Empowering people through tech solutions
International business administration student Teodor Cătăniciu is the 21-year-old founder of two non-profit organisations that crowdsource tech solutions to address human problems. The international business administration student from Rotterdam School of Management, Erasmus University (RSM) speaks with RSM Outlook about coding boot camps for refugees, Silicon Valley, and a 10-dollar wheelchair.
Story by Imogen Moore
A conversation with Teodor Cătăniciu is startling for its almost total absence of verbal fillers like ‘um’ or ‘er.’ Even more interesting is that Cătăniciu seems completely unaware of this unusual trait. He’s too busy sharing his thoughts in the same way he does everything else: at breakneck speed, with passion, and a big dose of self-deprecating humour.
‘My father is a mathematician and my mother is a businesswoman, so of course I have no genes for sports,’ he says. Cătăniciu loves to make himself the punchline of a joke so it’s no surprise that he’s laughing when he says, ‘My Brazilian Jiu-Jitsu club uses me as an example of failure, really! I went to five competitions and was knocked out in the first couple of rounds every time.’
The fact that he became national champion in his sixth competition is shared later, almost as an after-thought. ‘No matter how much I sucked, I kept working at it. I might not be the best coder, the best business person, the best athlete, but I can out-work everybody!’ The ability to out-work everybody has served Cătăniciu well in his latest endeavour: Restart Network, a coding boot camp offered at no cost to documented asylum seekers in the Netherlands.
Cătăniciu has first-hand experience of coding boot camps. At 17, ‘the age when you stop asking permission to go to the bathroom and start answering the question “What are you going to do with your entire future?”’ he knew that he loved to solve problems, specifically using technology.
Although enrolled in a business school, the curriculum at the time wasn’t quite providing the hands-on experience that best suited him. ‘At that time I felt like school was not giving me a way to touch the world, to leave a dent. I’m now taking HR classes at RSM and can immediately use what I learn when interviewing applicants or staff for Restart.’
Solving real-world problems through code
Silicon Valley called to Cătăniciu, specifically a three-month coding boot camp where all participants spent 12 hours a day doing nothing but solving real-world problems through code. ‘I calculated that it would take seven years for someone earning an average salary in my country [Romania] to save US$10,000 for a boot camp like this. So I thought, why not offer it for free to people who can’t afford it?’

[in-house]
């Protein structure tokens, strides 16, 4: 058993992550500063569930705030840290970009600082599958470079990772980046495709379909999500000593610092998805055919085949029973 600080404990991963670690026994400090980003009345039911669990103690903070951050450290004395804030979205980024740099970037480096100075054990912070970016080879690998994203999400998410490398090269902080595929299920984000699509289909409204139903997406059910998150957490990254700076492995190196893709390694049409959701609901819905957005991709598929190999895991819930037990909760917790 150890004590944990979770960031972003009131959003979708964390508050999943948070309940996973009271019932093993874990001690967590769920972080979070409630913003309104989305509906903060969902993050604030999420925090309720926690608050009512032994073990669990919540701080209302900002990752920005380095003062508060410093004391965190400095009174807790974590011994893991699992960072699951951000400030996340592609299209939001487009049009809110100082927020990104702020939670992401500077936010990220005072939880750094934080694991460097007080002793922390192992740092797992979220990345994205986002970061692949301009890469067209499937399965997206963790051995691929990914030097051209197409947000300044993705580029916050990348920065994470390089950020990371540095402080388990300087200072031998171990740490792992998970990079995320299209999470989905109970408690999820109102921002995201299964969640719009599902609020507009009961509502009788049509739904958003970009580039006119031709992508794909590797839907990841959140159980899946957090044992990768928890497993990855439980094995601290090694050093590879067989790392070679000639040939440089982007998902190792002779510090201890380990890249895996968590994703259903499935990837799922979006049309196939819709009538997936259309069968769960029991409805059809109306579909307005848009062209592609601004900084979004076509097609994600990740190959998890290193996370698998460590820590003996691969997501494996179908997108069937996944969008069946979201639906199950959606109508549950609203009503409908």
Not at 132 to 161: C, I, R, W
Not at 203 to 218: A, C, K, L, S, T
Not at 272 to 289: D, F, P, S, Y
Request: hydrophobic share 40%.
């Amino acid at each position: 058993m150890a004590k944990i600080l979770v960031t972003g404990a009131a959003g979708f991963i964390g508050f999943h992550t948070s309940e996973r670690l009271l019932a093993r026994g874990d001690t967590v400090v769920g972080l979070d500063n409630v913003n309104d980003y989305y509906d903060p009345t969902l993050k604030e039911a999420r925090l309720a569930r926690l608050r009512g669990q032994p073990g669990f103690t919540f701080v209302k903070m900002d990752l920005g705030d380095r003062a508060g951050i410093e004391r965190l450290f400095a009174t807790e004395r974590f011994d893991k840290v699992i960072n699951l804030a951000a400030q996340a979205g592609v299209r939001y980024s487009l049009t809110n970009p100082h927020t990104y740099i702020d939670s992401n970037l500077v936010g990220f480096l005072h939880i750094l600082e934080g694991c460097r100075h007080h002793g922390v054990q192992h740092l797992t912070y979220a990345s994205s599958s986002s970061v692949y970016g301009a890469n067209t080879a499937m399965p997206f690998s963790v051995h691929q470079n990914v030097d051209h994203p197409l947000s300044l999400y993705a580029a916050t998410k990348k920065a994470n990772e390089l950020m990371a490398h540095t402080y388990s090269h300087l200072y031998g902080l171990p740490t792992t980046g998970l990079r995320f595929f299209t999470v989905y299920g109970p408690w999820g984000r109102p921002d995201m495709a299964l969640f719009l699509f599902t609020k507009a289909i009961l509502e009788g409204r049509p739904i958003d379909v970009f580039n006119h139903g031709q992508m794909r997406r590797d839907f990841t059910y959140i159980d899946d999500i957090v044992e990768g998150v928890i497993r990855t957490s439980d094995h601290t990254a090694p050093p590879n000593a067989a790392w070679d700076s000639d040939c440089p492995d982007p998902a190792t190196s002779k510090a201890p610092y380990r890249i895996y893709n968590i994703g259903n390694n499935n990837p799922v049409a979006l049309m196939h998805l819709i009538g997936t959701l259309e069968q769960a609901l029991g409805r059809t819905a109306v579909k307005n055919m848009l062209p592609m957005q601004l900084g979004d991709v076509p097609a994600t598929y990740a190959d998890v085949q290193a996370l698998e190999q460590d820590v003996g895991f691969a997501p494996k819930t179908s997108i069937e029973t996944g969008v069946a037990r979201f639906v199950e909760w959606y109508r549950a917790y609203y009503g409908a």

Small details like how to offer a US$10,000 education for free doesn’t faze Cătăniciu, who revels in having new obstacles to overcome. ‘When I was a child I loved to make films,’ he says. A dolly is a moving cart that you put a camera on. Then you can take a shot while following an actor. I couldn’t rent a dolly for US$300 but I could rent a wheelchair for US$10.’
And so Turing Society was born, a non-profit organisation offering boot camps, events and meet-ups to anyone interested in solving problems through tech. ‘It’s humbling to see what members of this society are doing. In Lithuania last year they had the prime minister show up to an event. It’s crazy! I always tell my students that my ceiling is their floor.’
Connecting refugees to the IT industry
Restart Network is a refinement of Turing Society’s concept, aimed specifically at asylum seekers. ‘There are 900,000 refugees in Europe, and the IT industry in Europe has a shortage of 1,000,000 workers. What if we could match some of those numbers together and to solve two big problems at the same time?’
Restart involves no traditional teaching, only identification and resolution of real problems. In other words, the things employers actually need. ‘Restart is crowdsourced, the industry drives the programme, and students really have the chance to learn from the brightest minds in the industry. One of our groups created a translation engine between Dutch and Tigrinya, the language of Eritrea. Google Translate doesn’t touch this language pairing so Eritrean refugees in the Netherlands have no easy way to translate Dutch. This is what we want to do, empower people to solve their own problems.’
Stop and think
Running Restart comes with its own challenges, big and small. From finding the space in which to teach with no working capital (neatly solved by literally knocking on doors and simply asking the right people) to helping students with families and jobs find the time for an intensive boot camp involving a lot of late nights and weekends working on group projects that can take time away from jobs or families. ‘Some people have little kids and some people have dogs. So we’re seeing if we can bring the kids and the dogs into class!’
So what’s next for this 21-year-old? ‘It’s important to stop and think, to make sure that you’re still going in the right direction. Start-ups are very founder-driven and I want Restart to get to a point where it is financially sustainable, where it doesn’t need me and I can put myself out of a job. Then I would like to take a couple of years off.’
Two years off, travelling perhaps, or lying in a hammock? ‘I think I’ll do an MBA.’